Italian Printed Books and Book Collections in Early Modern French Speaking Europe

Projet ANR-13-BSH3-0010-01

The project “EDITEF” (L’Édition Italienne dans l’Espace Francophone à la première modernité) responds to a pressing need to update current knowledge of the production, diffusion and conservation of works published in Italian in the French-speaking parts of early modern Europe – works which constitute essential corpora for understanding the spread of Humanism and the Renaissance in Continental Europe. Covering a wide range of bibliographical, socio-cultural and prosopographical aspects, the thematic, chronological and linguistic scope of the project has been defined over the last year by an important number of French and foreign specialists.

This preliminary collaboration between researchers from diverse disciplinary and geographical backgrounds was scientifically supported and funded by several institutions: the CESR (Centre for Advanced Renaissance Studies, UMR 7323 of the CNRS-François Rabelais University of Tours), the Val de Loire branch of the Maison de Science de l’Homme, the MRSC (Humanities Research Institute) of Caen, Lower Normandy, the laboratory LLS (Langages, Littératures, Sociétés) of the Savoie University, and the Bibliothèque Mazarine in Paris. These institutions have long supported fundamental research in the history of books and reading and have frequently worked together to valorise written heritage through publication, exhibitions and research programmes (BVH, RICERCAR) and to promote data collection projects. The project is actually financed by the Agence Nationale pour la Recherche and takes advantage from the collaboration with the Beni culturali department of the Alma Mater Studiorum of Bologna, Ravenna Campus Branch.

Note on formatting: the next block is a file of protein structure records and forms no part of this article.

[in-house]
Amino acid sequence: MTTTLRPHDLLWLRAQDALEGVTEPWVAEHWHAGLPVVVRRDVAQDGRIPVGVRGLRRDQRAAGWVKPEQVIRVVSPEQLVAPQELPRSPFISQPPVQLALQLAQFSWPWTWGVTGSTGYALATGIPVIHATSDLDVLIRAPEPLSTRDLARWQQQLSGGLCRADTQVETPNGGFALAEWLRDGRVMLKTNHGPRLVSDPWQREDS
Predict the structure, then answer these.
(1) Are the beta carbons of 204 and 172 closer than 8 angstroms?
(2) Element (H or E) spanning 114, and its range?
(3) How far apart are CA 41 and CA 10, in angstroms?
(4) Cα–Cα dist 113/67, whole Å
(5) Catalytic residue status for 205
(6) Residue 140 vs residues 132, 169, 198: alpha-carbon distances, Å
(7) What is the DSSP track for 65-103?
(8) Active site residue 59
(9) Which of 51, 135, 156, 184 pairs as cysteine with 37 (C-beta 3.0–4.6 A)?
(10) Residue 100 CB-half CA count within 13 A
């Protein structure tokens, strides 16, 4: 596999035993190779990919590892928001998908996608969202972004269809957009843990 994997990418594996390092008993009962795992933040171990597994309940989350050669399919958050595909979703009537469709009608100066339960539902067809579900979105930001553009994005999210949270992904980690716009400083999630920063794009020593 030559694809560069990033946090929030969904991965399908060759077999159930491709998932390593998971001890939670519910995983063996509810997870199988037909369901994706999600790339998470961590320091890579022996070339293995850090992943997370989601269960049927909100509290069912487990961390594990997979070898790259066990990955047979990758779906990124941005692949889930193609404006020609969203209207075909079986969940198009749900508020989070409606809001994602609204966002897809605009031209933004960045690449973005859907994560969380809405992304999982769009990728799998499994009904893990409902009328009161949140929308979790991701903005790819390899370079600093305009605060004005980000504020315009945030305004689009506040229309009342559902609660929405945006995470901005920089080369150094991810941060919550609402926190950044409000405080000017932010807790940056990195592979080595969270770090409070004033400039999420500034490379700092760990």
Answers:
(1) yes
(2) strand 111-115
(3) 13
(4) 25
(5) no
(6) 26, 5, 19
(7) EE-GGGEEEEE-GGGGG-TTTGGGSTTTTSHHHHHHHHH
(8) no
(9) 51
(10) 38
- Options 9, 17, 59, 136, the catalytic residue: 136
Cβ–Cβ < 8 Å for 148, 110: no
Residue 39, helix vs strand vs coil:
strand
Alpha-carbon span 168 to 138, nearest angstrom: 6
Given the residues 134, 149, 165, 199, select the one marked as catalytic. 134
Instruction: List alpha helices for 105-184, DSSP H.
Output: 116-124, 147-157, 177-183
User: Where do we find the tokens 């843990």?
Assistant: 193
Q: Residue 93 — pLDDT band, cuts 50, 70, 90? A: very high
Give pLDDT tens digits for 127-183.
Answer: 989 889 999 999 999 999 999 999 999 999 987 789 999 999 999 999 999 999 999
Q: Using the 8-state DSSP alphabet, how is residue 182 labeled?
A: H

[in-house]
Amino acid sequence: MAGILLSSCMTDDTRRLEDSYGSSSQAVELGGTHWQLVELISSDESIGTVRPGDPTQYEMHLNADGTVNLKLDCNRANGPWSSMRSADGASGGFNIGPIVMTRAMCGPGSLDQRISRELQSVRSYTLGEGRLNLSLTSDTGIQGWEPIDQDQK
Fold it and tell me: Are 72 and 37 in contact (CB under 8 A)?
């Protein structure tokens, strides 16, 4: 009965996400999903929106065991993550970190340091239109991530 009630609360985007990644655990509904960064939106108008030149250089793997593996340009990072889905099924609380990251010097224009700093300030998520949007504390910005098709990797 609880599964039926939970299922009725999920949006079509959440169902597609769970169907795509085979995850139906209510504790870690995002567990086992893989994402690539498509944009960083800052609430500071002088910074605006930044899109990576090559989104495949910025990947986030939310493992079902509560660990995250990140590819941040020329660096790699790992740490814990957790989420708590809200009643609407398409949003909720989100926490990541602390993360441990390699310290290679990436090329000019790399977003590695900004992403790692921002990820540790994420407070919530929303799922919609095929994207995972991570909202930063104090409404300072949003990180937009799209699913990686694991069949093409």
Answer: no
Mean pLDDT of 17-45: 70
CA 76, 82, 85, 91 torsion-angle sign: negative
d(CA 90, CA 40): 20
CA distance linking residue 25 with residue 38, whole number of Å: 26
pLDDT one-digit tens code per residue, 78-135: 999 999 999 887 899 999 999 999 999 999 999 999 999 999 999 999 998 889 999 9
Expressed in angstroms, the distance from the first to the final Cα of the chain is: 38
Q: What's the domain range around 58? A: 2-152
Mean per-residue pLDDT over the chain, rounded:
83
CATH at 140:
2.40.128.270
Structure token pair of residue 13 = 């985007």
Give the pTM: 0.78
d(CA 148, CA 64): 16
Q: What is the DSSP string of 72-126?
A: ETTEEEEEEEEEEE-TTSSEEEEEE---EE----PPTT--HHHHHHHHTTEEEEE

The EDITEF project aims at coordinating innovative research on people active in the production, marketing and conservation of Italian books and their French translations in early modern Europe. It proposes an original approach to studying the inter-regional circulation of these works, focusing on the ways and means of marketing, transportation and peddling, and taking into account the role of the great trading fairs. Particular attention will be accorded to Italian expatriates installed in the French-speaking parts of Europe (merchants, printer-booksellers, polygraphers, etc.) who provide important insight into an “exile culture” whose economic consequences have often been underestimated.

In order to fully evaluate the penetration of Italian culture in France, French-speaking Switzerland and southern Belgium, our range of study material will include preserved public and private collections, incomplete and/or dispersed collections and traces of printer-booksellers' stocks from sixteenth- to eighteenth-century Transalpine Europe. The analysis of inventories and legacies left by collectors, as well as letters exchanged by bibliophiles will enable us to gain a clearer idea of the amplitude of a phenomenon that may aptly be termed as “bibliophilic Italianism” and help us to map the presence of Italian books within the concerned regions.

      ISSN 2966-7275